I don’t care for Eugene Volokh’s politics but he is a lawyer and did all of us a favor today by laying out the details and legal considerations concerning one particular settlement agreement–which of course can be extrapolated to all settlement agreements with non-disclosure clauses–and how the settlee breached it.
Maybe more interesting than usual because the settler was Mel Gibson. (But never mind: it could be you. Oh, and Howard Stern is featured here, too.) (Got to tell you, as a lay expert in Scottish history, I can’t confirm that William Wallace woaded his face, i.e., painted half of it blue. I mean, I was there! I would’ve seen it.)
In the piece Volokh mentions that oh-no case when a teenager burbling on Facebook breached her father’s non-disclosure agreement and Dad had to give back more than half of the money.
Posted: 11 Aug 2016 03:13 PM PDT
Tuesday’s decision in M.G. v. O.G. (Cal. Ct. App. Aug. 9, 2016) involved Mel Gibson’s settlement agreement with Oksana Grigorieva, the mother of Gibson’s child. Gibson had brought an action “to establish his paternity of the couple’s daughter,” and Grigorieva in turn sued “asserting civil claims for battery and defamation.” The parties settled the claims, declaring that Gibson was the child’s father, agreeing that Gibson would pay Grigorieva “a total of $750,000 in three equal installments spread over the course of five years,” and agreeing that Grigorieva would “keep confidential ‘any and all information and facts related to the asserted claims and events underlying this Agreement.’” The deal provided that, if Grigorieva breached the confidentiality agreement, she would forfeit “all outstanding installments of the $750,000 settlement payment.”
But after Gibson paid the first $250,000, Grigorieva went on the Howard Stern radio show, and said, among other things:
[Grigorieva]: I wanted to thank you so much for support when I had so much criticism. I really appreciated you for what you were saying.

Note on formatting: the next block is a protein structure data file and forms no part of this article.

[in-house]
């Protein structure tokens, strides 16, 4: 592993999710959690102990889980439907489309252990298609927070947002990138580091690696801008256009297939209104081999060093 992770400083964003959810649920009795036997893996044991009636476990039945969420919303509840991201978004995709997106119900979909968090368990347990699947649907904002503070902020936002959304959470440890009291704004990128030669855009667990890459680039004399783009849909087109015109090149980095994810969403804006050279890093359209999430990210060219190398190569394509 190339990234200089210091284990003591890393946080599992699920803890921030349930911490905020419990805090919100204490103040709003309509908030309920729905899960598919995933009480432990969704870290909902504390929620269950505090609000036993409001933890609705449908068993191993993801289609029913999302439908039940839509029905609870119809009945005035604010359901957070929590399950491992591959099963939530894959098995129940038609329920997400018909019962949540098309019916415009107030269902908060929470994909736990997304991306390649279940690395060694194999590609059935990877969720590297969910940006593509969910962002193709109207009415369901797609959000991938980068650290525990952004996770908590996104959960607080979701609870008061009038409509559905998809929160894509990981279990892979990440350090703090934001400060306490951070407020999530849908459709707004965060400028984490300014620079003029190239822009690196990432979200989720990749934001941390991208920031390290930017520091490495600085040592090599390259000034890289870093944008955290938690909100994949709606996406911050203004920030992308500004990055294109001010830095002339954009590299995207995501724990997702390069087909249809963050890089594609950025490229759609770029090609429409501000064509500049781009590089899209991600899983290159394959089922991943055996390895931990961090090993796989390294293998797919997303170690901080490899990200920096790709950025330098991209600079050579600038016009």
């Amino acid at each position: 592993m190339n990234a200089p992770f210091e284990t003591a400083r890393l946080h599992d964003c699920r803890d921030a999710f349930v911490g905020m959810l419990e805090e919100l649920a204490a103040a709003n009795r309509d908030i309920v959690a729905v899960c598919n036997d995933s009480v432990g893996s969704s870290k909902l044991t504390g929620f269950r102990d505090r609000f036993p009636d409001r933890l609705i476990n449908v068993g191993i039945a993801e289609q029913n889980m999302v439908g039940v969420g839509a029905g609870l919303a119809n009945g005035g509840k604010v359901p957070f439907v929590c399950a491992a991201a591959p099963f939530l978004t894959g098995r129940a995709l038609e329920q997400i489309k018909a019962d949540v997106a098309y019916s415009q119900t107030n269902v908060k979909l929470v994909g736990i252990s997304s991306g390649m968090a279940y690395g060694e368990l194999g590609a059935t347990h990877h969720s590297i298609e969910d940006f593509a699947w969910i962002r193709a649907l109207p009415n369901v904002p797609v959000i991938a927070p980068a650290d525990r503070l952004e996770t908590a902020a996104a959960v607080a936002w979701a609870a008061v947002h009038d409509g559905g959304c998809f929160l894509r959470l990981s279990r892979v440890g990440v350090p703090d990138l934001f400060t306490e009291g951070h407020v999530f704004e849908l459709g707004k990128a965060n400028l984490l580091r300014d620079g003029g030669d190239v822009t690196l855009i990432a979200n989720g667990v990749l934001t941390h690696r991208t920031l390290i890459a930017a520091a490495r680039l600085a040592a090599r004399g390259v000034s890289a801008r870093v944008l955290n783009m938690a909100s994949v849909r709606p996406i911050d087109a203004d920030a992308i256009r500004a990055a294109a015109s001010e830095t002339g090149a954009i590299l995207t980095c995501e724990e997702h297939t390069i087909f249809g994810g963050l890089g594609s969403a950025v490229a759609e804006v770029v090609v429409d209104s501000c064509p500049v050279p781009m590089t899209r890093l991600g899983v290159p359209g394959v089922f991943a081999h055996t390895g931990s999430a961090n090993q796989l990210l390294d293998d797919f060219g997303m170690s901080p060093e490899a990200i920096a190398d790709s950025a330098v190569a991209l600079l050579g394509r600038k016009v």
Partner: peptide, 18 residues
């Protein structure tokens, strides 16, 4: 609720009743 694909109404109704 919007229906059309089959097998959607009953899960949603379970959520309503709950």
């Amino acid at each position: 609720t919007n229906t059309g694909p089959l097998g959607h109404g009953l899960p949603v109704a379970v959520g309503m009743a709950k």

[Stern]: I want to thank you for saying that because I will support you to the end. I don’t care what the circumstances are. You do not treat a woman that way, especially the mother of your child.
[Grigorieva]: Thank you….
[Stern]: Anyone who’s been through what you’ve been through with [Gibson], you got to be full of hope, because it’s the only way to be. You got to look ahead.
[Grigorieva]: You know what? [Y]ou have to embrace your experience and even — it doesn’t matter how painful it might be at the time, and that darker experience, learn from it, hopefully, lessons and . . . there’s light and definitely . . . follow what you had in you as a child, that dream. That is awesome.
[Stern]: Well, you’re making a lot of sense.
[Grigorieva]: It’s good. [Y]ou know, in a way, I realize that experience that I went through, I’m going to have to help others. That’s — I’m ready to help and I’d really like to make a difference.
[Stern]: How do you plan on doing that?
[Grigorieva]: I’m going to open domestic violence charity.
Gibson asked the court to discharge him from having to pay the rest of the $500,000, on the grounds that Grigorieva’s statements violated the settlement agreement; the trial court agreed, and the California Court of Appeal agreed as well (paragraph break added):